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Home :: Adult T Cell Leukemia

Adult T Cell Leukemia/Lymphoma

Adult T cell leukemia/lymphoma (ATLL) is a neoplasm of CD4 + T cells, caused by human T cell lymphotrophic virus I (HTLV-I), manifested by skin infiltrates, hypercalcemia, visceral involvement, lytic bone lesions, and abnormal lymphocytes on the peripheral smears.

Causes of Adult T Cell Leukemia

  • Generally the risk of NHL increases with advancing age. HL in the elderly is associated with a poorer prognosis than that observed in younger patients.
  • Black hair dye, which for more than 20 years has been linked to higher rates of NHL.
  • Inherited immunodeficiency diseases (severe combined immunodeficiency, ataxia telangiectasia, among a host of others)
  • Viruses -- Human T-lymphotropic virus type I (HTLV-1) and Epstein-Barr virus are two infectious agents that increase the chance of developing non-Hodgkin's lymphoma.

Symptoms of Adult T Cell Leukemia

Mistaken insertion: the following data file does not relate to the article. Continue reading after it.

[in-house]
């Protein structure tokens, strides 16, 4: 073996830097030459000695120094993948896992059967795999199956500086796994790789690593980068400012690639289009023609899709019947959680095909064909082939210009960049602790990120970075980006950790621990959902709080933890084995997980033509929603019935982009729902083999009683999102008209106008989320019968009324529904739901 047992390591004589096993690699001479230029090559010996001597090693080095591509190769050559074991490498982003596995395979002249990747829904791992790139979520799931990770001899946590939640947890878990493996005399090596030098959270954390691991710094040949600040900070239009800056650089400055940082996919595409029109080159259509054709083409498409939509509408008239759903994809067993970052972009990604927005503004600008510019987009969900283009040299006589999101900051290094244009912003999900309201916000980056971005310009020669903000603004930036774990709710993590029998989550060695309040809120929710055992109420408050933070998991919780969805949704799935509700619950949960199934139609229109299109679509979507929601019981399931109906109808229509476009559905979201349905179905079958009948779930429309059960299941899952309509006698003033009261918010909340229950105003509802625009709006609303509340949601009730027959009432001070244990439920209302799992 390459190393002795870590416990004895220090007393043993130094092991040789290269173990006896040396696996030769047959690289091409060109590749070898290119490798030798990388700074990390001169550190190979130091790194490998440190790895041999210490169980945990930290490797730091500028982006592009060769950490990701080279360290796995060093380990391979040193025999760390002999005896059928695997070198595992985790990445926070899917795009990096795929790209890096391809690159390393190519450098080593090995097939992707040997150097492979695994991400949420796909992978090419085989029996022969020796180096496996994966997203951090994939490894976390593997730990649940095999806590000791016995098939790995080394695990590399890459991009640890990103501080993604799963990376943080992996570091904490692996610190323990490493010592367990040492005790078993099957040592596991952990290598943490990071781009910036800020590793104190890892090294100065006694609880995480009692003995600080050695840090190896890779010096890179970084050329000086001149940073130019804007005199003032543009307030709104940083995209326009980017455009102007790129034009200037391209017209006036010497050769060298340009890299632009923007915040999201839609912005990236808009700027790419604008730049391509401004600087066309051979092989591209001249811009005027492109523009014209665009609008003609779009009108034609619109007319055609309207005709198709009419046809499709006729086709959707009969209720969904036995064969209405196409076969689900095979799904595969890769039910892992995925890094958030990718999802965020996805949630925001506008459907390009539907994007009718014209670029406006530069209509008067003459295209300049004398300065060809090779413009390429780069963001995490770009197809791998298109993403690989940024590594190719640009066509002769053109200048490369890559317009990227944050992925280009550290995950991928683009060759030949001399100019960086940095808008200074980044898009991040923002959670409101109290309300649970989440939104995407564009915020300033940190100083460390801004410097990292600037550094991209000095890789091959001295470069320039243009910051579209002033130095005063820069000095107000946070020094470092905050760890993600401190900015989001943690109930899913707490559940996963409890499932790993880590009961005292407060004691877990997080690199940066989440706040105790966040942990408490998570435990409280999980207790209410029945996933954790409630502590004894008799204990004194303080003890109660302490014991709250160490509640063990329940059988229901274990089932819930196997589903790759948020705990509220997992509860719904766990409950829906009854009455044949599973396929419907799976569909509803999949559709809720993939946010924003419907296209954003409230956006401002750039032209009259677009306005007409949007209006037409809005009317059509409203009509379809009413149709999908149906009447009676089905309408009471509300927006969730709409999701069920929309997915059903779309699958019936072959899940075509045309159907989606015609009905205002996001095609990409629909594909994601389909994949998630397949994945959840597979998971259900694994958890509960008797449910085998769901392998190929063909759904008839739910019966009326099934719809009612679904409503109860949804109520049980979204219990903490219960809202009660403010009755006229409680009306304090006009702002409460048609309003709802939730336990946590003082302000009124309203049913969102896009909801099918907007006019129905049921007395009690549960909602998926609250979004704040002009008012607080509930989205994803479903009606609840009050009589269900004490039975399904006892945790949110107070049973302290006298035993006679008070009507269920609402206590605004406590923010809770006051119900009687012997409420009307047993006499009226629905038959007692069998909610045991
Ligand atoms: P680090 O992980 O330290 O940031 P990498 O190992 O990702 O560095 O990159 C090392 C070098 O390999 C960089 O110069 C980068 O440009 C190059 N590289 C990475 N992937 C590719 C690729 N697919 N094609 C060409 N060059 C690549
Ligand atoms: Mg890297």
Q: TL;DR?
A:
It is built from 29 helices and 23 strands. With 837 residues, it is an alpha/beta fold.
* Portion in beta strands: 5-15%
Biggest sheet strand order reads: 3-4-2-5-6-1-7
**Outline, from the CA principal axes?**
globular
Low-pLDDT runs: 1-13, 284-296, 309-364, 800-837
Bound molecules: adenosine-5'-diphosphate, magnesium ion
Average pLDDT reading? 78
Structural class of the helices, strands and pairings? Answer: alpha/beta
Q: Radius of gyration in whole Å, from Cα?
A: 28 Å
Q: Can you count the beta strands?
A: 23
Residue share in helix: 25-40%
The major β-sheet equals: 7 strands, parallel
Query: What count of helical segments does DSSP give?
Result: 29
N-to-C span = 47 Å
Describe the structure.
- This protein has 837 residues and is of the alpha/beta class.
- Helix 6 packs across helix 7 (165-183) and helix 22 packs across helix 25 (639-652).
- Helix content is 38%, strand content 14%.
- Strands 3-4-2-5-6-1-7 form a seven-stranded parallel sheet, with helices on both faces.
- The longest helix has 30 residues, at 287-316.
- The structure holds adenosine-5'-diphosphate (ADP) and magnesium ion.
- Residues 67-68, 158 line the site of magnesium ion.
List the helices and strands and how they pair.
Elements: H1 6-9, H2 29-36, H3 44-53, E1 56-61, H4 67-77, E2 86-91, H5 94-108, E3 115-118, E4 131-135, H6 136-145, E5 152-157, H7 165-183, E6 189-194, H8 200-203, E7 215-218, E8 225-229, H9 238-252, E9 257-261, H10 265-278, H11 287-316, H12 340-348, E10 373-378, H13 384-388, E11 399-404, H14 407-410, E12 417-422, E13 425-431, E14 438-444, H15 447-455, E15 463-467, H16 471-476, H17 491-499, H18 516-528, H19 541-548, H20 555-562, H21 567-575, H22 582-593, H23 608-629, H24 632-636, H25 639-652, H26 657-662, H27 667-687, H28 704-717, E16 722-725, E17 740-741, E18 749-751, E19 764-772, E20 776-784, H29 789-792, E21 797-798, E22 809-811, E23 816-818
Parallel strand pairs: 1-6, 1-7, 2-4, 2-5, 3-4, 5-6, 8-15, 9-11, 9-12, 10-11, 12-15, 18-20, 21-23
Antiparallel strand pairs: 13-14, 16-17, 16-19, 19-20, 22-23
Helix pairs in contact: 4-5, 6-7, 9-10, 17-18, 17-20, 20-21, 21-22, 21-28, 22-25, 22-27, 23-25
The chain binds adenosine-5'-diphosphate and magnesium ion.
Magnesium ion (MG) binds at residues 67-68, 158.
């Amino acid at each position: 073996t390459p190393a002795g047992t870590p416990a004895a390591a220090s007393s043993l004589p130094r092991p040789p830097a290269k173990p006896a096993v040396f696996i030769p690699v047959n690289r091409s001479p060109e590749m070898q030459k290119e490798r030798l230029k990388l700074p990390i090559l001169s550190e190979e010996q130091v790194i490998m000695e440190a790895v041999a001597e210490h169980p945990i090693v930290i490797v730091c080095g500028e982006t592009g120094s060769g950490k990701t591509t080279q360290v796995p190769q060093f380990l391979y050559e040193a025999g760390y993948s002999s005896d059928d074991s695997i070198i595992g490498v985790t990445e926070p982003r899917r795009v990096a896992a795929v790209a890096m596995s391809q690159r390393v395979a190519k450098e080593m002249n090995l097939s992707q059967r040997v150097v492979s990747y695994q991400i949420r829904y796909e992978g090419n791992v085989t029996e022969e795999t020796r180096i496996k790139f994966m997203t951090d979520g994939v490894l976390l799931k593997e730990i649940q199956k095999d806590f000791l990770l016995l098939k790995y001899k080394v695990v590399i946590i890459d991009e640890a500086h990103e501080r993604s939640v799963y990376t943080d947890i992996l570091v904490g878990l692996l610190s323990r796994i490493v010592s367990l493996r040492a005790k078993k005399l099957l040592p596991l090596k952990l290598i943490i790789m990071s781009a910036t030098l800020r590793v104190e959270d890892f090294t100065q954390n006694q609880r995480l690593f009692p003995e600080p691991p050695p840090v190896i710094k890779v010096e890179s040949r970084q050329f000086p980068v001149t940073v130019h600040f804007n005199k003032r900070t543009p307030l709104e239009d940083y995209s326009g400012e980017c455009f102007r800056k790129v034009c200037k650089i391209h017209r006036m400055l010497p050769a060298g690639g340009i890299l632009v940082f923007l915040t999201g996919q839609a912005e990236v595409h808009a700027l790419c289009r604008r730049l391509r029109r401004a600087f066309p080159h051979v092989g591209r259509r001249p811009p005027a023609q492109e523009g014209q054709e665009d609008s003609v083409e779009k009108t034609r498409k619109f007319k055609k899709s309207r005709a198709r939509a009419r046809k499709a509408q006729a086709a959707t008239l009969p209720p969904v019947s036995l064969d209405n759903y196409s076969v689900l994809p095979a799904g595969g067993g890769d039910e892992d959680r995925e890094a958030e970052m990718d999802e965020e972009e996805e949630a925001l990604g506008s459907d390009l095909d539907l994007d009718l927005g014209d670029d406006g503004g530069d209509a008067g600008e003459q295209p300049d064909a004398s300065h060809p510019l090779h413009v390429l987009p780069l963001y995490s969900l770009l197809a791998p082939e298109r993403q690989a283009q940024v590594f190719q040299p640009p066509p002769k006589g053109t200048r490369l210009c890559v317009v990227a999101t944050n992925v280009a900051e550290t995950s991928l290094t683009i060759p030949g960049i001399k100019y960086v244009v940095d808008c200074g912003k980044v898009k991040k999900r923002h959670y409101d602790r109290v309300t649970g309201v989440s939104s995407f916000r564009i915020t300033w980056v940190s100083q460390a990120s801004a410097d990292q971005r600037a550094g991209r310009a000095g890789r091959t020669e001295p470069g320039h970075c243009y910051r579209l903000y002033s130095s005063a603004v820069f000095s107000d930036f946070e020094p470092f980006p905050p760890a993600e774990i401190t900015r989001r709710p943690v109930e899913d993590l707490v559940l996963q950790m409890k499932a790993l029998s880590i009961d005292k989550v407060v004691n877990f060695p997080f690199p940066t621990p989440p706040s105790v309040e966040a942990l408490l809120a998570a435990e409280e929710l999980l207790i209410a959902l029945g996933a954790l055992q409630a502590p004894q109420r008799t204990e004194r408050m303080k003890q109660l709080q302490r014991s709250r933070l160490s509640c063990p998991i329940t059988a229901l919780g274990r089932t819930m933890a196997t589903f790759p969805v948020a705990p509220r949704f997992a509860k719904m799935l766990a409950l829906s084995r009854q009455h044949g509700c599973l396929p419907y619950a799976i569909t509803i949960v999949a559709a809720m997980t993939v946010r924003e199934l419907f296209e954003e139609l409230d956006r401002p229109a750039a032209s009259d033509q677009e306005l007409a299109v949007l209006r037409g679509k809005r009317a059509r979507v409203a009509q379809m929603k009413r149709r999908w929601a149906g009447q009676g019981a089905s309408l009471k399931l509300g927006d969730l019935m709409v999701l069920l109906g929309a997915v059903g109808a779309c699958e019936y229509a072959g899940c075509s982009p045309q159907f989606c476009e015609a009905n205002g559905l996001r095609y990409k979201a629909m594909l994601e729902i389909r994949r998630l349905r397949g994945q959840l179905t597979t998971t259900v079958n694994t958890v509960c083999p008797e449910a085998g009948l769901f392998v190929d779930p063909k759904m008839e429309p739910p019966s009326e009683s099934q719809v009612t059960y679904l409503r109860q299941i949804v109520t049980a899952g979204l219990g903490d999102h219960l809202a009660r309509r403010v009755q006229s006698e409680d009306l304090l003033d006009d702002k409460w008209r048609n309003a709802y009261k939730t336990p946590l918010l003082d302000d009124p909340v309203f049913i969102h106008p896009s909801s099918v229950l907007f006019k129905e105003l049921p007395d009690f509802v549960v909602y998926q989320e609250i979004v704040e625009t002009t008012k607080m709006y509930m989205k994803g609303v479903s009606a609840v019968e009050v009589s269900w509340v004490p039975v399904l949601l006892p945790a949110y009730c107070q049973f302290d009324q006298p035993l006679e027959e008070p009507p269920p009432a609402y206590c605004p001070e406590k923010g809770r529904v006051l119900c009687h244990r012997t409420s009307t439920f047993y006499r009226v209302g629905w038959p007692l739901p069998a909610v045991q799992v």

• Lymph node swelling, often in the upper body area.
  • A lack of energy, general fatigue.
  • Weight loss
  • Fevers which can come and go. ;
  • Night sweats - unexplained sweating at night, often drenching
  • Itching
  • Enlargement of the spleen may cause abdominal pain or discomfort.

Diagnosis

Characteristic clinical findings, seropositivity to HTLV-I, confirmation of integration of HTLV-I proviral DNA in the cellular DNA of the ATLL cells.

Treatment

Various regimens of cytotoxic chemotherapy; the rates of complete response are < 30%, and responses lack durability. The acute and lymphomatous forms resist conventional cytotoxic chemotherapy. Excellent results have been obtained with the combination of oral zidovudine and subcutaneous interferon-α. Obtain HTLV-I serology of family members, sexual partners. If seropositive, should not donate blood.

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